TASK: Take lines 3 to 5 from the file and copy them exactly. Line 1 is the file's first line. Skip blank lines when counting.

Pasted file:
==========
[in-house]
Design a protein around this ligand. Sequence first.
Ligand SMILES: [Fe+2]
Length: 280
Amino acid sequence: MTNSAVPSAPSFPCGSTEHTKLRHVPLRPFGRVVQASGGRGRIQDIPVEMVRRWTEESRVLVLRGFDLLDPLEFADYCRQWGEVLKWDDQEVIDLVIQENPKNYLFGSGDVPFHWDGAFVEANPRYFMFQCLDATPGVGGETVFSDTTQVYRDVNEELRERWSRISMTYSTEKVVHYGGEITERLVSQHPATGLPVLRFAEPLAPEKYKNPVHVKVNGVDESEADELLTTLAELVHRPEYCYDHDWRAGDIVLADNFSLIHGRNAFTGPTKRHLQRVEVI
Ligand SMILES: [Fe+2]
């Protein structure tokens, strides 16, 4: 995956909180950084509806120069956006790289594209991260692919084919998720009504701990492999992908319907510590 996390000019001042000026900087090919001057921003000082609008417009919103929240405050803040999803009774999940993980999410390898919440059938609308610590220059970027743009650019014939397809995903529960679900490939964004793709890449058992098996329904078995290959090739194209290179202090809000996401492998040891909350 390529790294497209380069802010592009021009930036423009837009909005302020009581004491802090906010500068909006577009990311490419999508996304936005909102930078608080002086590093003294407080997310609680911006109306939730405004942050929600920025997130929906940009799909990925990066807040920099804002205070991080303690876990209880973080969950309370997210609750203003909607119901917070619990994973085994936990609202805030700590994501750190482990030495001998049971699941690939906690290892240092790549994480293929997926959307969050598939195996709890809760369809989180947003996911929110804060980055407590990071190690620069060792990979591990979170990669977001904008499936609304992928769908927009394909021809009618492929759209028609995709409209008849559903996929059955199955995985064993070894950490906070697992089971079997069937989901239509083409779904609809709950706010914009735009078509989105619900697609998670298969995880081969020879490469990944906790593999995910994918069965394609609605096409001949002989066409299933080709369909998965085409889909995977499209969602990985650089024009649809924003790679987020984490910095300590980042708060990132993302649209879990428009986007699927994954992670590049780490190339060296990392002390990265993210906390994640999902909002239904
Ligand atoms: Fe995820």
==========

Ligand SMILES: [Fe+2]
Length: 280
Amino acid sequence: MTNSAVPSAPSFPCGSTEHTKLRHVPLRPFGRVVQASGGRGRIQDIPVEMVRRWTEESRVLVLRGFDLLDPLEFADYCRQWGEVLKWDDQEVIDLVIQENPKNYLFGSGDVPFHWDGAFVEANPRYFMFQCLDATPGVGGETVFSDTTQVYRDVNEELRERWSRISMTYSTEKVVHYGGEITERLVSQHPATGLPVLRFAEPLAPEKYKNPVHVKVNGVDESEADELLTTLAELVHRPEYCYDHDWRAGDIVLADNFSLIHGRNAFTGPTKRHLQRVEVI